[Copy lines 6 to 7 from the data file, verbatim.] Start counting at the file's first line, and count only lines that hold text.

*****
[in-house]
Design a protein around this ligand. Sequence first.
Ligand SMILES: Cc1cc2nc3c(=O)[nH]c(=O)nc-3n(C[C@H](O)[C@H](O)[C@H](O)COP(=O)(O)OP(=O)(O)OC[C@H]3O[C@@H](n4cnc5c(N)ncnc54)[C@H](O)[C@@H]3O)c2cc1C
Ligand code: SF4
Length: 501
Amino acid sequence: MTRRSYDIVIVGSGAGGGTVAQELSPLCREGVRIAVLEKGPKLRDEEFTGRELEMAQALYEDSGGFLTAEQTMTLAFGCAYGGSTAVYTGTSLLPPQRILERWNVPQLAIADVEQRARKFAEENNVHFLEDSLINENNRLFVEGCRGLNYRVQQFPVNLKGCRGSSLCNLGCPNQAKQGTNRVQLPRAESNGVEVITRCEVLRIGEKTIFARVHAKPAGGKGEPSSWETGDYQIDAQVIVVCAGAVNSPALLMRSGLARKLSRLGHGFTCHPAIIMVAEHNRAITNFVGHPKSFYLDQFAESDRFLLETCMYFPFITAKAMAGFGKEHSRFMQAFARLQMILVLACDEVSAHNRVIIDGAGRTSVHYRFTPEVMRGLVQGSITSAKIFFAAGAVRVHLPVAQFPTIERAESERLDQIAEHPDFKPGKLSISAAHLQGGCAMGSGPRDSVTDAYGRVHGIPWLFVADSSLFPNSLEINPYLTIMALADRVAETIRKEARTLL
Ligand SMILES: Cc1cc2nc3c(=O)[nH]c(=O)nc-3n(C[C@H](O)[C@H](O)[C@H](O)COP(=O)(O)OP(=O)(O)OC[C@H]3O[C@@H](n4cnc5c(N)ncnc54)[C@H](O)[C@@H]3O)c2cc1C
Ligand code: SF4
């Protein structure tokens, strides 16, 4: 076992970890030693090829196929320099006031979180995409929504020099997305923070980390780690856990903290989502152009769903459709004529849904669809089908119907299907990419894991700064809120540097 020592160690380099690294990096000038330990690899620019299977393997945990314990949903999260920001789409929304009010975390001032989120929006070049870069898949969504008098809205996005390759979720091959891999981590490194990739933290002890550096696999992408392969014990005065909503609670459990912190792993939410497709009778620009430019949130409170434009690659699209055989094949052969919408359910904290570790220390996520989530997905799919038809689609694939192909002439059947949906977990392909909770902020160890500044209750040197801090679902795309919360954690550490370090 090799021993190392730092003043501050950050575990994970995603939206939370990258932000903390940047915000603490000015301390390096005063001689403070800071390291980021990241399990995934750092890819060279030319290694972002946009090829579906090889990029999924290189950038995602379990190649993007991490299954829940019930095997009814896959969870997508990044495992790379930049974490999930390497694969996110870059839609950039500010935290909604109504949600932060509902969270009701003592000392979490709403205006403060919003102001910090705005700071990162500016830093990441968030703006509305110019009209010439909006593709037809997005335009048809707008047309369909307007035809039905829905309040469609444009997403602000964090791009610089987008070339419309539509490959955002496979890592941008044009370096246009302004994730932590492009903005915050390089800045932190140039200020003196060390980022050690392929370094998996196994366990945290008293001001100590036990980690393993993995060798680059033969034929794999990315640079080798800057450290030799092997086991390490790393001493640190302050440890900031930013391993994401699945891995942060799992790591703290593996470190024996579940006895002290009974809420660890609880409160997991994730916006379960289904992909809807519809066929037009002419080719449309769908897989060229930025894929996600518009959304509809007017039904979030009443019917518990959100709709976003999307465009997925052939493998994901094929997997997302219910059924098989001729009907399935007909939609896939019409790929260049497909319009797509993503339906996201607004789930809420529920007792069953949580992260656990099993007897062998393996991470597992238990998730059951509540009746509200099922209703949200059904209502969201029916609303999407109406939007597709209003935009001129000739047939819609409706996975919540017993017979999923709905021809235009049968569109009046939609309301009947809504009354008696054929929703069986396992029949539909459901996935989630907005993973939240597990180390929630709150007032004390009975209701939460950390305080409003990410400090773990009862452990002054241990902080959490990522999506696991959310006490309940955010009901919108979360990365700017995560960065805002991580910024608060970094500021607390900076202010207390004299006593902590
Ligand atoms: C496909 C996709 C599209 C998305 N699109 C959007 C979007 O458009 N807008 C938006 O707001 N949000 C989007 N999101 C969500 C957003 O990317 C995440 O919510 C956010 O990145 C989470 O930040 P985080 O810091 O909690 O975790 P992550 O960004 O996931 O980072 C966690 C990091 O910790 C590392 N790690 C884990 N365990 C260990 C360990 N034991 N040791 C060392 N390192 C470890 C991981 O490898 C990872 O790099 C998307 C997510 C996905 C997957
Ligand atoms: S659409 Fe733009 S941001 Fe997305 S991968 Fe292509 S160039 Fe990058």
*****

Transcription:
Amino acid sequence: MTRRSYDIVIVGSGAGGGTVAQELSPLCREGVRIAVLEKGPKLRDEEFTGRELEMAQALYEDSGGFLTAEQTMTLAFGCAYGGSTAVYTGTSLLPPQRILERWNVPQLAIADVEQRARKFAEENNVHFLEDSLINENNRLFVEGCRGLNYRVQQFPVNLKGCRGSSLCNLGCPNQAKQGTNRVQLPRAESNGVEVITRCEVLRIGEKTIFARVHAKPAGGKGEPSSWETGDYQIDAQVIVVCAGAVNSPALLMRSGLARKLSRLGHGFTCHPAIIMVAEHNRAITNFVGHPKSFYLDQFAESDRFLLETCMYFPFITAKAMAGFGKEHSRFMQAFARLQMILVLACDEVSAHNRVIIDGAGRTSVHYRFTPEVMRGLVQGSITSAKIFFAAGAVRVHLPVAQFPTIERAESERLDQIAEHPDFKPGKLSISAAHLQGGCAMGSGPRDSVTDAYGRVHGIPWLFVADSSLFPNSLEINPYLTIMALADRVAETIRKEARTLL
Ligand SMILES: Cc1cc2nc3c(=O)[nH]c(=O)nc-3n(C[C@H](O)[C@H](O)[C@H](O)COP(=O)(O)OP(=O)(O)OC[C@H]3O[C@@H](n4cnc5c(N)ncnc54)[C@H](O)[C@@H]3O)c2cc1C